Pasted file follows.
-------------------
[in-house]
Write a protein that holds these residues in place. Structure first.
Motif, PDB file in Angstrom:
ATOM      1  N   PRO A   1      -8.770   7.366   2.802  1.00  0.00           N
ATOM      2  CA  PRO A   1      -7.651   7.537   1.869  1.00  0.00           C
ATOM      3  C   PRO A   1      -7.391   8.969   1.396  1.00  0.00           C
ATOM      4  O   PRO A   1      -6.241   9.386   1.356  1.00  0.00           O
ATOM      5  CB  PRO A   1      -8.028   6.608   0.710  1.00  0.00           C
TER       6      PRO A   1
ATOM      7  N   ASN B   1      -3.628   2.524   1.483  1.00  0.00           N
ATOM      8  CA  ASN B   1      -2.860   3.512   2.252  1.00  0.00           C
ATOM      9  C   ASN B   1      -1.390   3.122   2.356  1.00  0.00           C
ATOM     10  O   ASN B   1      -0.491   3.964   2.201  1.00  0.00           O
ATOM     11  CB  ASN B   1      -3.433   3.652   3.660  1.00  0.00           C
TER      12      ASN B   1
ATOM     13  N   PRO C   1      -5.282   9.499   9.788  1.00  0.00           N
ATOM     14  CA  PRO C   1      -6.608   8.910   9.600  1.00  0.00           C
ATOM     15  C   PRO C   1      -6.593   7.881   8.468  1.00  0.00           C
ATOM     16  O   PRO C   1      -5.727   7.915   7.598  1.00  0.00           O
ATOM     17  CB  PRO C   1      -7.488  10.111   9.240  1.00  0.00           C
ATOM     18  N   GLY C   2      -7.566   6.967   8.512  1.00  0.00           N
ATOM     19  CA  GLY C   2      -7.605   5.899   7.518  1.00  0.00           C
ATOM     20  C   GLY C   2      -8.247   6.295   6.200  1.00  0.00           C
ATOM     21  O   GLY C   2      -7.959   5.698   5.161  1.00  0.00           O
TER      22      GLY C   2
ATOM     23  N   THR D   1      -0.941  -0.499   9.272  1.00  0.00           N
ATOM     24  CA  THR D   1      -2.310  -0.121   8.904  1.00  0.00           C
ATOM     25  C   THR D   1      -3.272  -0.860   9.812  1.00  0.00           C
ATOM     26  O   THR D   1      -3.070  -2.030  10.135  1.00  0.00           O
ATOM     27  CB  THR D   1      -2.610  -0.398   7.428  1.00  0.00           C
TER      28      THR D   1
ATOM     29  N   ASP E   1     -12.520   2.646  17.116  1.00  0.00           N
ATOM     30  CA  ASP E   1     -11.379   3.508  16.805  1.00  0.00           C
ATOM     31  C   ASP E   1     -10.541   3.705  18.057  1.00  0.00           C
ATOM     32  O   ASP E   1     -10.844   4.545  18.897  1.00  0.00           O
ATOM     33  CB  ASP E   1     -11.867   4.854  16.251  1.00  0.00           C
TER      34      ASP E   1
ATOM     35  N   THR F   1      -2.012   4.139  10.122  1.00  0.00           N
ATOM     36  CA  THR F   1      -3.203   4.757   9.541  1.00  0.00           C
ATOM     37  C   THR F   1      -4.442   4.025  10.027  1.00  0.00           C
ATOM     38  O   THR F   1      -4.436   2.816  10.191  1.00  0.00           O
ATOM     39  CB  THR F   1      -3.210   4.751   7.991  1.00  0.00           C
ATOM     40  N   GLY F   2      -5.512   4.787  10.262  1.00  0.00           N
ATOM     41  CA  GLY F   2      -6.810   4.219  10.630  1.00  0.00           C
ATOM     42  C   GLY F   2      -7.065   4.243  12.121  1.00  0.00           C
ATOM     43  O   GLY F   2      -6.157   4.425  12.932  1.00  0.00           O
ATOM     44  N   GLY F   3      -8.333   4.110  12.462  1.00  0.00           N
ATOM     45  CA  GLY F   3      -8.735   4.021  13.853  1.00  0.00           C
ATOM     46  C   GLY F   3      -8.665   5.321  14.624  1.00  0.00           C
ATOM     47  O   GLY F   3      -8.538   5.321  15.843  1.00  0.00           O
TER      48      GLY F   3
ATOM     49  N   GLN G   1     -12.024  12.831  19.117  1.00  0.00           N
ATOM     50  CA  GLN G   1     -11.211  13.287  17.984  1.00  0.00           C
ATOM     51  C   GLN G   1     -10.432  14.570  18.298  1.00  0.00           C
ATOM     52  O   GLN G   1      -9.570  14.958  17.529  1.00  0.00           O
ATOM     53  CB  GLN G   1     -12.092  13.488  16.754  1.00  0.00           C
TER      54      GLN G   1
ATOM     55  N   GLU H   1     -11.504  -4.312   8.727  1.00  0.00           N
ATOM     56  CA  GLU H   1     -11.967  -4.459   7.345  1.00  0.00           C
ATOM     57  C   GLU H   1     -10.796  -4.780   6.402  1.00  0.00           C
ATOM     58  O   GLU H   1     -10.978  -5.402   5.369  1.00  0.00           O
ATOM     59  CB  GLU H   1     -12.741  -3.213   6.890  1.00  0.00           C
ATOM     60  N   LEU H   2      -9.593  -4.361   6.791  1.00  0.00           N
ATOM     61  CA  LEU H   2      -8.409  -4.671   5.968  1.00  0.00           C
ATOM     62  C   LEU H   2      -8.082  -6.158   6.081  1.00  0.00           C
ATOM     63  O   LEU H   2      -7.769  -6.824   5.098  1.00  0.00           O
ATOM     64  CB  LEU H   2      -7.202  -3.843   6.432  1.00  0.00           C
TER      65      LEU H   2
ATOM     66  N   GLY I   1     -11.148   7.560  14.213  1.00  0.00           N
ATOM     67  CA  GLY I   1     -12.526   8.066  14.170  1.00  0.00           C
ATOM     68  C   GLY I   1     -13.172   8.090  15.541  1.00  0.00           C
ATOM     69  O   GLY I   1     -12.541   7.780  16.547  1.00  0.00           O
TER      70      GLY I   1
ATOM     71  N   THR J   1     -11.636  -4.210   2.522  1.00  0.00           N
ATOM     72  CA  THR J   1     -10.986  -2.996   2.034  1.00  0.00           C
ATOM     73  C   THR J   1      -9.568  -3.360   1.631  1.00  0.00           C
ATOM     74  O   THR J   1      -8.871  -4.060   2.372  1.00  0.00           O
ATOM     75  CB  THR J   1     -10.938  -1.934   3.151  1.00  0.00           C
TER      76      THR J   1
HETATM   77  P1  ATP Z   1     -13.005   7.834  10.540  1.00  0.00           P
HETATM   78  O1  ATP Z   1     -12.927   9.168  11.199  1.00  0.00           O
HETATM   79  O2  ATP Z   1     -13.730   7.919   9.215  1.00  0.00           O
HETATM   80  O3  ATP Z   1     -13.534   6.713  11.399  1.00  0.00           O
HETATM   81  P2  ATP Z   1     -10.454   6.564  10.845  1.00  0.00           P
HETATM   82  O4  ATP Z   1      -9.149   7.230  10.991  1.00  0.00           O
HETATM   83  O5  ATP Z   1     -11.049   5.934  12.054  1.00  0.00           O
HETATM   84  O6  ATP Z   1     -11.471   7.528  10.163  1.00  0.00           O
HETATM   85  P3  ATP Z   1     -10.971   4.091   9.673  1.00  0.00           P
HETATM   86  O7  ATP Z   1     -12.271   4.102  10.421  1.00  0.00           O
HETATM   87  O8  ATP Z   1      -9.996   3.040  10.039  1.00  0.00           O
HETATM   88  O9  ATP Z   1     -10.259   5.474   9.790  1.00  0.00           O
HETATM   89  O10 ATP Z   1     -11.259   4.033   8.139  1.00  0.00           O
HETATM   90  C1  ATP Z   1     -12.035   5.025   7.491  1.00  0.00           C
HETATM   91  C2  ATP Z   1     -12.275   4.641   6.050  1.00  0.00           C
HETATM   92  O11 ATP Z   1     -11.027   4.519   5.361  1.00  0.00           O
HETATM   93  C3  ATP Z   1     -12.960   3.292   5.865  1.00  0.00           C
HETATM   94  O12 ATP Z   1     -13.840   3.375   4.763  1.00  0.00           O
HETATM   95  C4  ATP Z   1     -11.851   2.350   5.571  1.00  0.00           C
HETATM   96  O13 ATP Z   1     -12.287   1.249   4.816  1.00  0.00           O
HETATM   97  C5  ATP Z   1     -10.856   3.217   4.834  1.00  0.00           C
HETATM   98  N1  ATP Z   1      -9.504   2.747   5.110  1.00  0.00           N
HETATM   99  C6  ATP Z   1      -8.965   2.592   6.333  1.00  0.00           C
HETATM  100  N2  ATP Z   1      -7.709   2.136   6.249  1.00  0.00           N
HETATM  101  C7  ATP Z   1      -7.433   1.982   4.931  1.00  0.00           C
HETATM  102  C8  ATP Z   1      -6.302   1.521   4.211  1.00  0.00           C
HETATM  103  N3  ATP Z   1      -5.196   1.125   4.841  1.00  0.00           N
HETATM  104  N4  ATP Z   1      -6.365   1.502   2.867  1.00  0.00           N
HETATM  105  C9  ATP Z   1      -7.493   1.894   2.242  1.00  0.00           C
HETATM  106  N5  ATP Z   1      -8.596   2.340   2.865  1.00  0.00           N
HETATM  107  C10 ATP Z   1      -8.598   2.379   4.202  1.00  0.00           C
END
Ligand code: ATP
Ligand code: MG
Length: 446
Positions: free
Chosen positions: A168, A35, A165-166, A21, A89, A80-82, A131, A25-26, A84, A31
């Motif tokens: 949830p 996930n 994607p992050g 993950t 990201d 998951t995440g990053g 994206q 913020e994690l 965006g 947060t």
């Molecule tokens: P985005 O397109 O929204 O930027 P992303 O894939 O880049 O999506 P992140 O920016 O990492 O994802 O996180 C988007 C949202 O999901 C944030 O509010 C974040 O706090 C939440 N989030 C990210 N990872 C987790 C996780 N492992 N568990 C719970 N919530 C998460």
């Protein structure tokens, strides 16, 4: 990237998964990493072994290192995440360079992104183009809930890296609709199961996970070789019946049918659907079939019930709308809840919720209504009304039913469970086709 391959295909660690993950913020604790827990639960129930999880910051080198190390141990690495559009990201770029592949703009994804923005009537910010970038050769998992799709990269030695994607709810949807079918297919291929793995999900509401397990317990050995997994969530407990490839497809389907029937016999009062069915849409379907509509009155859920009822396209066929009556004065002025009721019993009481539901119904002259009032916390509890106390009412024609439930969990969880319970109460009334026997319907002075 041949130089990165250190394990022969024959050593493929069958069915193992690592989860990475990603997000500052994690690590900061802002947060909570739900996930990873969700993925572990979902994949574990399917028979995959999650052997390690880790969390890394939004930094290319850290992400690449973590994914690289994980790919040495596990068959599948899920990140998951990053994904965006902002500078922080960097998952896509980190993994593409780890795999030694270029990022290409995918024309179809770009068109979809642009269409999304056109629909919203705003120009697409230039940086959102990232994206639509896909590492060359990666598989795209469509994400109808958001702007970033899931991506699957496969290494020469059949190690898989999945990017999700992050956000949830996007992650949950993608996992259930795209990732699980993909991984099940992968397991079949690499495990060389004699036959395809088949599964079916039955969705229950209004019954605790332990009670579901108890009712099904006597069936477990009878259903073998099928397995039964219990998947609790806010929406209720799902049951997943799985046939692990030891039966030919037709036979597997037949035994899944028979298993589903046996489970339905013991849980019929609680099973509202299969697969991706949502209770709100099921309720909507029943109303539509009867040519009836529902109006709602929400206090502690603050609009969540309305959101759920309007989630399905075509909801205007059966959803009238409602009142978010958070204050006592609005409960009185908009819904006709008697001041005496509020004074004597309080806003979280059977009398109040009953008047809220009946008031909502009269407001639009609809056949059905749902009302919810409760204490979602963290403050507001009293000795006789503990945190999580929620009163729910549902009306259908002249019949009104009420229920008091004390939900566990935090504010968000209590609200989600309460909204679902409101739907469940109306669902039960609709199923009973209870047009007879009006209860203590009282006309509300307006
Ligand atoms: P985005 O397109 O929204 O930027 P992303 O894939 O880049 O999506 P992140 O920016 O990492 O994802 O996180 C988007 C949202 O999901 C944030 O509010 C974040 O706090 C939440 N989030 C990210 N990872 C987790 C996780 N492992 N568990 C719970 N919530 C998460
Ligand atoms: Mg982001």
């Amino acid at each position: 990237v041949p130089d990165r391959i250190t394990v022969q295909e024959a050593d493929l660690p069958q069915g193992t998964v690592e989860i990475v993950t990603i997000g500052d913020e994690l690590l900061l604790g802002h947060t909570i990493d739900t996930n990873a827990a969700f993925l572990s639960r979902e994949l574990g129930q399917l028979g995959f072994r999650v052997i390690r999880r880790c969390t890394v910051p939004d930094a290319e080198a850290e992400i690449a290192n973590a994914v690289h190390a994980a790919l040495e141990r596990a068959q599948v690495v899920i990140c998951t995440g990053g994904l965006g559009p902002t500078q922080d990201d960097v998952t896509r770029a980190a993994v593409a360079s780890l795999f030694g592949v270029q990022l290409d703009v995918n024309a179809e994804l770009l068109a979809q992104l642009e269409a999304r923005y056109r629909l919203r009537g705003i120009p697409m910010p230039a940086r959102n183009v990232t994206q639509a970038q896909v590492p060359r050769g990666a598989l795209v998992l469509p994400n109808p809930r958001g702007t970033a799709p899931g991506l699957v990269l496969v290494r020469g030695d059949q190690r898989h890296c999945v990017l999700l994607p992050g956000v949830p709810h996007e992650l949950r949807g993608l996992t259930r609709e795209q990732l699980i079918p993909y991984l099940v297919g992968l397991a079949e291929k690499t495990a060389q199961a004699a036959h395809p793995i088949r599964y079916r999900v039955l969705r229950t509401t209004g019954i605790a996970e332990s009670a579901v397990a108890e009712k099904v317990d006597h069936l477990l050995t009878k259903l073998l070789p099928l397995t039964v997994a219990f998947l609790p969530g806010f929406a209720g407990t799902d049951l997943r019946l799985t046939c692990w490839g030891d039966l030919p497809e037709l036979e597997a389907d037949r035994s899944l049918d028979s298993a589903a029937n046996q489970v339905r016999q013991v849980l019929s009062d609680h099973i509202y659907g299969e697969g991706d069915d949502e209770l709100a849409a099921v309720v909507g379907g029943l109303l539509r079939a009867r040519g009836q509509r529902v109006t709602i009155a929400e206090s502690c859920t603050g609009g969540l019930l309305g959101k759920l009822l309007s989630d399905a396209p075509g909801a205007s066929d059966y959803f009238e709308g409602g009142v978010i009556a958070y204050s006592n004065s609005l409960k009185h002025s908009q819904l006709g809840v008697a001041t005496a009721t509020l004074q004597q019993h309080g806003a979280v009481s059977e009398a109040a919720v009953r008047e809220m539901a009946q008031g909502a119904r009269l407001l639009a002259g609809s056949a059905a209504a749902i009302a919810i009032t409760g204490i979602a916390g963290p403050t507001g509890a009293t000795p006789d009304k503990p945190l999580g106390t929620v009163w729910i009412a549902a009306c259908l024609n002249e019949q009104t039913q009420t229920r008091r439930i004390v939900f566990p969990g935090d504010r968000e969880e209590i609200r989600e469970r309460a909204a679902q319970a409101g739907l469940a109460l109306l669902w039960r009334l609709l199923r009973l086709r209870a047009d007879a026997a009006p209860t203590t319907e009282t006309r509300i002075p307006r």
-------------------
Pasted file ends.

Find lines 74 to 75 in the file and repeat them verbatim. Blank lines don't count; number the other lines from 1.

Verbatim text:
ATOM     71  N   THR J   1     -11.636  -4.210   2.522  1.00  0.00           N
ATOM     72  CA  THR J   1     -10.986  -2.996   2.034  1.00  0.00           C